Redberg, editor of JAMA Internal Medicine, has been studying adverse event reporting and medical device surveillance issues for over a decade. She often opines on recommendations of U.S. Preventive Services Task Force, and in 2014, as chair of an advisory committee for the Centers for Medicare and Medicaid Services, Redberg presided over the panel that expressed low confidence in low-dose CT screening for lung cancer (The Cancer Letter, May 9, 2014).

  • In Brief

    • Carlos Arteaga to head UT Southwestern Simmons Comprehensive Cancer Center
    • Larry Copeland appointed president of GOG Foundation
    • Edith Mitchell receives 2017 ASTRO Honorary Membership
    • SU2C-Lustgarten Foundation team aims to apply CAR T-cell therapy to pancreatic cancer
    • Andrew Baschnagel wins UW Carbone Cancer Center award for lung cancer study
    • Cancer groups release statement on health disparities research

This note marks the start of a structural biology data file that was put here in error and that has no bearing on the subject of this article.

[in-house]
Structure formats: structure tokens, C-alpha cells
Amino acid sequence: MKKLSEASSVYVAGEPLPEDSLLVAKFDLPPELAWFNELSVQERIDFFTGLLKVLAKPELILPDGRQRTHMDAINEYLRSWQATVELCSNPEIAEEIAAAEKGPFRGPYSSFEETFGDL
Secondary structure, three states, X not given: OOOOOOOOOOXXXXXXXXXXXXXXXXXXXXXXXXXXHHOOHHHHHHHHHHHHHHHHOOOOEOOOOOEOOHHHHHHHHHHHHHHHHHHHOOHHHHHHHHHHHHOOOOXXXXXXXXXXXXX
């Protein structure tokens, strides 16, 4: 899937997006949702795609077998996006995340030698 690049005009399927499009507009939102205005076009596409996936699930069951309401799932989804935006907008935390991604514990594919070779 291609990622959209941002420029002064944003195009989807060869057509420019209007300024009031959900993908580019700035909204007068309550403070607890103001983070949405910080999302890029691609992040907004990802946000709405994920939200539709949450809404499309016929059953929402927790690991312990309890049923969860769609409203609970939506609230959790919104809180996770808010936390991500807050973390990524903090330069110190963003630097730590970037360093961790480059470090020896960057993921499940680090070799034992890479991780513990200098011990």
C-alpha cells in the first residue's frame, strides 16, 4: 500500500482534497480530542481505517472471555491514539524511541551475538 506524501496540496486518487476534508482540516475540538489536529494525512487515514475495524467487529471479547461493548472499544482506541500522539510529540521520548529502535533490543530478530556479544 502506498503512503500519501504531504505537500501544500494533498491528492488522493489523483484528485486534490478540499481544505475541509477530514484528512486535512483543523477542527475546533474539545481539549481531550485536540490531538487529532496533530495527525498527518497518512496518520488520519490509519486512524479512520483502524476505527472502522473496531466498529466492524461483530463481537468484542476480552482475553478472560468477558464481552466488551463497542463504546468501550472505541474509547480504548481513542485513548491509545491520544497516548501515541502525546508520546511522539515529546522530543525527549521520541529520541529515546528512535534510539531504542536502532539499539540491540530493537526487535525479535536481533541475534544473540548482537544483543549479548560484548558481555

• Report shows cancer patients struggle to afford treatment
    • Christiana Care Gene Editing Institute, NovellusDx form personalized medicine partnership
  • Drugs and Targets

    • FDA expands approval of Yervoy to include pediatric patients 12 years and older with unresectable or metastatic melanoma
    • FDA accepts BMS applications for Opdivo four-week dosing schedule across approved indications
    • Novartis receives positive CHMP opinion for Rydapt for newly diagnosed FLT3-mutated AML, three types of advanced systemic mastocytosis
    • AstraZeneca and Merck from oncology collaboration
    • CHMP issues positive opinion for avelumab for metastatic Merkel cell carcinoma